Fluid Mechanics Laboratory
William S. Janna
Over the course of the next 12 months, this site will feature the Fluid Mechanics Laboratory. We will discuss various experiments, equipment, equipment suppliers, etc. Ideas for this column were obtained from the Laboratories at the University of Toledo, the University of New Orleans, and the University of Memphis (Mechanical Engineering Departments).
In some experiments, the lab equipment was produced commercially and links to the manufacturer will be provided if such links exist. In other cases, the lab equipment was designed and built locally, and publications describing each apparatus will be available for downloading. A Fluid Mechanics Laboratory Manual (an outgrowth of the MSME thesis entitled "The Design of an Undergraduate Fluid Mechanics Laboratory") can also be downloaded.
You are invited to read this information and to download any
documents that are posted. You are also invited to submit comments
and questions. Those of a general nature will be appended to this
page. It is hoped that the information provided here will help
faculty to make improvements (if any are needed!) to their laboratories.
The photo shows a portion of the Fluid Mechanics Laboratory
at the University of Memphis. In the foreground are two pieces
of equipment--one is for making measurements of pressure drop
for water flow in a tube. The other is for calibrating 4 pipeline
meters simultaneously. While the equipment is in the foreground,
the wall behind these pieces is really the main feature of the
photo. The lab walls were originally an off-white color. Students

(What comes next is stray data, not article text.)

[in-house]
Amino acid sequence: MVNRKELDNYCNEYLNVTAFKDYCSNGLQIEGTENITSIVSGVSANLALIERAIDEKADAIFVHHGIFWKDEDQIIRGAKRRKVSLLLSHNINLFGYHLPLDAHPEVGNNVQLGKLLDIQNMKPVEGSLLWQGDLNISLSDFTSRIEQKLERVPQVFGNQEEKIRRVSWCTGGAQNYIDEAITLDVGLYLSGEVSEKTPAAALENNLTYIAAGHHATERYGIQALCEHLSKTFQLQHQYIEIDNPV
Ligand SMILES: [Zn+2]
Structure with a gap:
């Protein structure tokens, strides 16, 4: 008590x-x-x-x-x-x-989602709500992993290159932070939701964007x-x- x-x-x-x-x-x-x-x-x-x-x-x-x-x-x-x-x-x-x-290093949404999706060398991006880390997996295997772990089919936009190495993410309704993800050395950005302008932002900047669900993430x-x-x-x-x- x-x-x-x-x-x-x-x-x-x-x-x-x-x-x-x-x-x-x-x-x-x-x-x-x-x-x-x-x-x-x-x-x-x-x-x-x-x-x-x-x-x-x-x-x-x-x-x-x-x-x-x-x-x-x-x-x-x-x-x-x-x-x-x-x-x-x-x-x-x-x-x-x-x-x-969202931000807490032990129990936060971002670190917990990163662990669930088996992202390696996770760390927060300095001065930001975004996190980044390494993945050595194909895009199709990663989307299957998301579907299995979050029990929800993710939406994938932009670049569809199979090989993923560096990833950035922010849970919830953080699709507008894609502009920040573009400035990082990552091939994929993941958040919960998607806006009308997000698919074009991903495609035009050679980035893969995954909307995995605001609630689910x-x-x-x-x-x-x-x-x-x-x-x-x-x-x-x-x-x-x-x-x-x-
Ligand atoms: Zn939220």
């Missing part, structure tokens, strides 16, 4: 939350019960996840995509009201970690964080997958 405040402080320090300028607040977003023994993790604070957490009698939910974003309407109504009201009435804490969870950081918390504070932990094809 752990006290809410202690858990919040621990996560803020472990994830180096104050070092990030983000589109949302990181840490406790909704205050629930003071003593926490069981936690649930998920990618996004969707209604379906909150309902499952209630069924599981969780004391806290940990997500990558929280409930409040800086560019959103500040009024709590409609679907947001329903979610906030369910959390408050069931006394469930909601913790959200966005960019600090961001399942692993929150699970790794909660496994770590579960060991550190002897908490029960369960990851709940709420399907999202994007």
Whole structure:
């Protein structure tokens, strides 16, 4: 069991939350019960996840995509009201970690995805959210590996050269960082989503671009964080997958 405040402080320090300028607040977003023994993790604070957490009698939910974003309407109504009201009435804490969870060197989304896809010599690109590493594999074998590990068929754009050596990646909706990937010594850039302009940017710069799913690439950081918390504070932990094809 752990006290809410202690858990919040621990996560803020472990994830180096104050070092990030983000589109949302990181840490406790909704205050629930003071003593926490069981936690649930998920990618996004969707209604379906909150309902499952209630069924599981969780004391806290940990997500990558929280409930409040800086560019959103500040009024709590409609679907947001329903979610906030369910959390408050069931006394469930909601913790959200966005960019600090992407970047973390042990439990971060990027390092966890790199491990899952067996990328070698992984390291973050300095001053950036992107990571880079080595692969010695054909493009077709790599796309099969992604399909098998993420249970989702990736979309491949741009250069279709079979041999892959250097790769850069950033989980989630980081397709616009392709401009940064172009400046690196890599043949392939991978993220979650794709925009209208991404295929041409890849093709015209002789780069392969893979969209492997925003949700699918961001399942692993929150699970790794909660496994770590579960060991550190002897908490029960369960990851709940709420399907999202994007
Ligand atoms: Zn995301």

volunteered to paint the walls in the way shown here. Blue paint
was applied to a height of 4 ft, and waves highlight the blue-white
border. Students also painted the fish, as well as crabs, seahorses,
a sunken treasure, a deep sea diver, etc. These images appear
on every wall. A well decorated facility adds much interest to
the lab and tends to remove the cold, impersonal formality attached
to the performance of an experiment.
List of Topics and Experiments
In the coming months, each entry in the following table will provide a link to the experiment listed, at the rate of about one or two new additions per month. If you are interested in downloading a manual for the Fluid Mechanics Lab, scroll down to the end of this page.
|Cleanliness and Safety|
|Experiment 1||Density and Surface Tension|
|Experiment 3||Center of Pressure on a Submerged Plane|
|Experiment 4||Measurement of Differential Pressure|
|Experiment 5||Impact of a Jet of Water|
|Experiment 6||Critical Reynolds Number in Pipe Flow|
|Experiment 7||Fluid Meters|
|Experiment 8||Pipe Flow|
|Experiment 9||Pressure Distribution About a Circular Cylinder|
|Experiment 10||Drag Force Determination|
|Experiment 11||Analysis of an Airfoil|
|Experiment12||Open Channel Flow--Sluice Gate|
|Experiment 13||Open Channel Flow over a Weir|
|Experiment 14||Open Channel Flow--Hydraulic Jump|
|Experiment 15||Open Channel Flow over a Hump|
|Experiment 16||Measurement of Velocity and Calibration of a Meter for Compressible Flow|
|Experiment 17||Measurement of Fan Horsepower|
|Experiment 18||Measurement of Pump Performance|
A Fluid Mechanics Lab Manual is used by the students as a guide. It is made available to the students from the University web site, where students can download it directly. The Manual has been prepared using MS Word 5.1, with drawings made using Cricket Draw 1.1.1 (no longer available). The Manual has been converted to a pdf file, and you can download it here. It can be viewed using Adobe Acrobat.
Download the Fluid Mechanics Manual now!
Your comments, remarks and suggestions are welcome. Send them by e-mail to firstname.lastname@example.org.